Houston Methodist. Leading Medicine

Neck FAQ

Question:

We are setting up a clinic for chronic whiplash patients. We'd like to measure any progress our treatment may be having. There are dozens of tests out there. Can you recommend one that might work best for this patient population?

Answer:

You are right that there is a wide range of outcome measures used by researchers and clinicians. Which one measures changes in pain and disability the best after treatment for whiplash? Good question.

A group of researchers from Canada set up a study to compare the most commonly used scales of pain and disability. They tested a group of 132 chronic whiplash pain patients using the same tests over a six week period of time.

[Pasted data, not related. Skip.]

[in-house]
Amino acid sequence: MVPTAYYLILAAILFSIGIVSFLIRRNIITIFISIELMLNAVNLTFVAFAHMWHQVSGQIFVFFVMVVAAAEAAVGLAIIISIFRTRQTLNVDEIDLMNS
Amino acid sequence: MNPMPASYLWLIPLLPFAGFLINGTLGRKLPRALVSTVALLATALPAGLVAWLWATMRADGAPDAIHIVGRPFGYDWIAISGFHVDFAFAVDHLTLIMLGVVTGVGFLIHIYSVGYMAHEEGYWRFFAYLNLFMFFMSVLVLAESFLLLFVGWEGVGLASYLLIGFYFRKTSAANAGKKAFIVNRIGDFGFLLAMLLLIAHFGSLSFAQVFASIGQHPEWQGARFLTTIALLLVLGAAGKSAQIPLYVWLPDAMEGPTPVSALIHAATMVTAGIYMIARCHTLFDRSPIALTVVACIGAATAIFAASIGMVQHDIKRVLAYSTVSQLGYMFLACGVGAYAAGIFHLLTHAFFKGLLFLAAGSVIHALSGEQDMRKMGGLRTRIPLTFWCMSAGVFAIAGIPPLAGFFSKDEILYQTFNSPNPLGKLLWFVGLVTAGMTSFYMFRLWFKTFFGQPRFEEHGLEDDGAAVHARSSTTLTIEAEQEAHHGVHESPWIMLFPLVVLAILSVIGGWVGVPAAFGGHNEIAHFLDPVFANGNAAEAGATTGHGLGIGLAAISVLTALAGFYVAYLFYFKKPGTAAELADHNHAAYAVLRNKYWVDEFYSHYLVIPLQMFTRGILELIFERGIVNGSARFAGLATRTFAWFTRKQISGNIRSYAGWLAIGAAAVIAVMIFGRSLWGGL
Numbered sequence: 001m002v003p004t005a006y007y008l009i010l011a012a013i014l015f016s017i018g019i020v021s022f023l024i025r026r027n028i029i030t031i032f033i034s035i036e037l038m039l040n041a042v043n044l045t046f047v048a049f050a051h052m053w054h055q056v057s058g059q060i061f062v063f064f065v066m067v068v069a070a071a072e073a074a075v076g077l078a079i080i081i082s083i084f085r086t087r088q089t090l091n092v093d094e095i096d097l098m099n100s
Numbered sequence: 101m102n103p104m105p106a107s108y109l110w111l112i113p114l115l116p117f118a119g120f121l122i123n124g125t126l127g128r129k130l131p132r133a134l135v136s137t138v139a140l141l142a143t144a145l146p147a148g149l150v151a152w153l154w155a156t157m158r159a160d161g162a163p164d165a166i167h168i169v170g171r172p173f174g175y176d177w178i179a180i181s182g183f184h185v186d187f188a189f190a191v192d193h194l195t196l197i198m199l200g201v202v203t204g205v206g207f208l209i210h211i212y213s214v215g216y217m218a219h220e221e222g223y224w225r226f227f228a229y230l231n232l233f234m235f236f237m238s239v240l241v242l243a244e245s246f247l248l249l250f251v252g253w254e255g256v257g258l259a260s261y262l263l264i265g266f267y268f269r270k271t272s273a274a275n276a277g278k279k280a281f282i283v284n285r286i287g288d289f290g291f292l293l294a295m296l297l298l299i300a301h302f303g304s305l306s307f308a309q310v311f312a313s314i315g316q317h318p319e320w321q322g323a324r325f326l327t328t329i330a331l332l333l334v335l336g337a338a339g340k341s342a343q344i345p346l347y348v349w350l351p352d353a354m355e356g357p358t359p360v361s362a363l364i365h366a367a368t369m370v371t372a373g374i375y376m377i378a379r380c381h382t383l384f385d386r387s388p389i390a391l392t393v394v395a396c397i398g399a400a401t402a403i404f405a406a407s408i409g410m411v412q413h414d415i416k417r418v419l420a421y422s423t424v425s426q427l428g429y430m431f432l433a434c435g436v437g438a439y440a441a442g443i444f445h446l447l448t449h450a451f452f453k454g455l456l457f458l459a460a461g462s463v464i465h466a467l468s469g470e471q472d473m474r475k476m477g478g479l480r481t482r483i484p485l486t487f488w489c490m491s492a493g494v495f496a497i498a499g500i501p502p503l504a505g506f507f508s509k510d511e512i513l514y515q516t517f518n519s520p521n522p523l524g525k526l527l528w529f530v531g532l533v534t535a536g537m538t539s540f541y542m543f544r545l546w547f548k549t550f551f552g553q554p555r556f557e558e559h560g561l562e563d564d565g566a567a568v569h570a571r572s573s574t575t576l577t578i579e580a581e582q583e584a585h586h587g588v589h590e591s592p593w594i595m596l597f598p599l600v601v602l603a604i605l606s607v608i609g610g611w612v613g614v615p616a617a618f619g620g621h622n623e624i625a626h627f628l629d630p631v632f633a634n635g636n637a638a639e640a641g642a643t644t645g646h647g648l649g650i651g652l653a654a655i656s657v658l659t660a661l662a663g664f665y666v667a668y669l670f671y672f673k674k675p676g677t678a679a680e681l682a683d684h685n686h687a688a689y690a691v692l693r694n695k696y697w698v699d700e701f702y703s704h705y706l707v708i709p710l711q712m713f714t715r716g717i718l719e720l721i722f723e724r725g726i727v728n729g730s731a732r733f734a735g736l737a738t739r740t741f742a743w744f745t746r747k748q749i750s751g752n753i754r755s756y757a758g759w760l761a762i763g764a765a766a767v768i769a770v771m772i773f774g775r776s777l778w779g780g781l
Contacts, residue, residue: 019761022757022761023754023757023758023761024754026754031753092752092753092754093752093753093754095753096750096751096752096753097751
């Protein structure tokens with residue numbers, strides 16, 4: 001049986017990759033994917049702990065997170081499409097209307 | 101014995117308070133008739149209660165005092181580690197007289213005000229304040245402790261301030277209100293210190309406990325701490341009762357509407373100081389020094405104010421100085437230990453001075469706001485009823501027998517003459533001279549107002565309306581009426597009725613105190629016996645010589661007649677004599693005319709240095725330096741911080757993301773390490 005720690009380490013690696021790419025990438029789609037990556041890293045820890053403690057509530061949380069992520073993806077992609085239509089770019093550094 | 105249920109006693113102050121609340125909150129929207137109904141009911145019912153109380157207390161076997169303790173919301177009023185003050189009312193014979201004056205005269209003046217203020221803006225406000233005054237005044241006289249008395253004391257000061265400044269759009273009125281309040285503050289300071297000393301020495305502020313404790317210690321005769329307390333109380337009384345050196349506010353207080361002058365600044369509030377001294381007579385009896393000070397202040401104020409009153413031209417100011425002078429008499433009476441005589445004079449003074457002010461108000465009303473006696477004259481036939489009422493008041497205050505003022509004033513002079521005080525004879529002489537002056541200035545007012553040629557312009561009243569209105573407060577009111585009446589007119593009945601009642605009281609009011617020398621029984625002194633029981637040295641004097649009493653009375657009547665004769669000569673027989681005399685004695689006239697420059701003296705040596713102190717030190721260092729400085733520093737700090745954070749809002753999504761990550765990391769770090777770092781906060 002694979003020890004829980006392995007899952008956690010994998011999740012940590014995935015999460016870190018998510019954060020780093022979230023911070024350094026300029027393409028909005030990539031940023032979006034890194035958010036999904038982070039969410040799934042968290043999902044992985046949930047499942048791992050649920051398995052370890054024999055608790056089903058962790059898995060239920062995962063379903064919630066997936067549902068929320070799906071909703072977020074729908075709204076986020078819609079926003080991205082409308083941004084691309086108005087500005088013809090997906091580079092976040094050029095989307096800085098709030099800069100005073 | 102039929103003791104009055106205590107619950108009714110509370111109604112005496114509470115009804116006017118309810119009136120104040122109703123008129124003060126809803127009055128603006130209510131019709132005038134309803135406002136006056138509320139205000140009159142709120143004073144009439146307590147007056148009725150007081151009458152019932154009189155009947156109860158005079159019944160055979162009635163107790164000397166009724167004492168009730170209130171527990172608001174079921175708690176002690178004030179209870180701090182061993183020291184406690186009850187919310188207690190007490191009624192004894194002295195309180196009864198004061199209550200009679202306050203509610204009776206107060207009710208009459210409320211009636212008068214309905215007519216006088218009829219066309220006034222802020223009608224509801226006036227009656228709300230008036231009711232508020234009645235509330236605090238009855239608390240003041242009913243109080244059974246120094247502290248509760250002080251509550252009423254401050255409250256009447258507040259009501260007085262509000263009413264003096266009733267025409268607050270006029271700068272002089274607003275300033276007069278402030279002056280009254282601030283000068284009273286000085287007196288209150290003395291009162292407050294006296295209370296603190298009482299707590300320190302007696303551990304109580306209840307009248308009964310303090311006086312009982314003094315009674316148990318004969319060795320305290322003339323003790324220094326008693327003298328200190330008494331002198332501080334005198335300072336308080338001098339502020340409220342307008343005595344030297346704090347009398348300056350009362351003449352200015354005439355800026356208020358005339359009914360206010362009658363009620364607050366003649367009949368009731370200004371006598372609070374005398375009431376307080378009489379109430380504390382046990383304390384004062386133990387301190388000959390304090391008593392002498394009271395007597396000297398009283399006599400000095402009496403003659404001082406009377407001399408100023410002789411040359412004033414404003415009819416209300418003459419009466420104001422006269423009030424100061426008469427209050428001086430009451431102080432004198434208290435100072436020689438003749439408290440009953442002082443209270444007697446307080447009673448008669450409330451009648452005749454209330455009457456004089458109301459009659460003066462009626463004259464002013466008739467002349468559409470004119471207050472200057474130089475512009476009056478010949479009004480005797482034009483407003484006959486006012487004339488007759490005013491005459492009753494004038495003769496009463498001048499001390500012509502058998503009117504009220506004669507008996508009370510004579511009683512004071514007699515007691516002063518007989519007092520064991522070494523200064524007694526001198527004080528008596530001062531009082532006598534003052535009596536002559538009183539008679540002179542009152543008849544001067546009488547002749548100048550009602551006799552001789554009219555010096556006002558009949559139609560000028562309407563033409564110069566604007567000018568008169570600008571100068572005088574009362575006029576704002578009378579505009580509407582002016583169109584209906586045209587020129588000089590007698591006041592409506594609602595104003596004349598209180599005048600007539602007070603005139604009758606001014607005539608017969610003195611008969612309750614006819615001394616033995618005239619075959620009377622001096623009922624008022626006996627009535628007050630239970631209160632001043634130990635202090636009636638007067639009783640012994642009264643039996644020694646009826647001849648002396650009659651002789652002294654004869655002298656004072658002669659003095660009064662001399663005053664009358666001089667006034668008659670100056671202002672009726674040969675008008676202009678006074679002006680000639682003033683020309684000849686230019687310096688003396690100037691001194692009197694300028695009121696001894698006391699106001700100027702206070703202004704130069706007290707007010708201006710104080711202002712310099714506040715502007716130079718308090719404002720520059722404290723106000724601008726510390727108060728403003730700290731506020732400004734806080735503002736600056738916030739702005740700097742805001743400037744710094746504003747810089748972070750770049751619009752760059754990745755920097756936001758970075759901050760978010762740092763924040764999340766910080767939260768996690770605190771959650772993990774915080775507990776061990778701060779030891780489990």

The tests were given before treatment and then six weeks later. Some patients were only given advice and followed up by telephone. Others followed an individualized six-week long exercise program.

The best measure of change in disability was the Patient-Specific Functional Scale (PSFS). It is quick and easy to use with patients. It's a valid and reliable tool. And it is responsive in measuring clinically important changes.

The SF-36 is still a good overall measure of fitness, general health, and includes disability and pain. Many clinics use this tool along with others such as the PSFS that target more specific measures. Mark Stewart, MPH(Hons), et al. Responsiveness of Pain and Disability Measures for Chronic Whiplash. In Spine. March 1, 2007. Vol. 32. No. 5. Pp. 580-585.

*Disclaimer:* The information contained herein is compiled from a variety of sources. It may not be complete or timely. It does not cover all diseases, physical conditions, ailments or treatments. The information should NOT be used in place of visit with your healthcare provider, nor should you disregard the advice of your health care provider because of any information you read in this topic.
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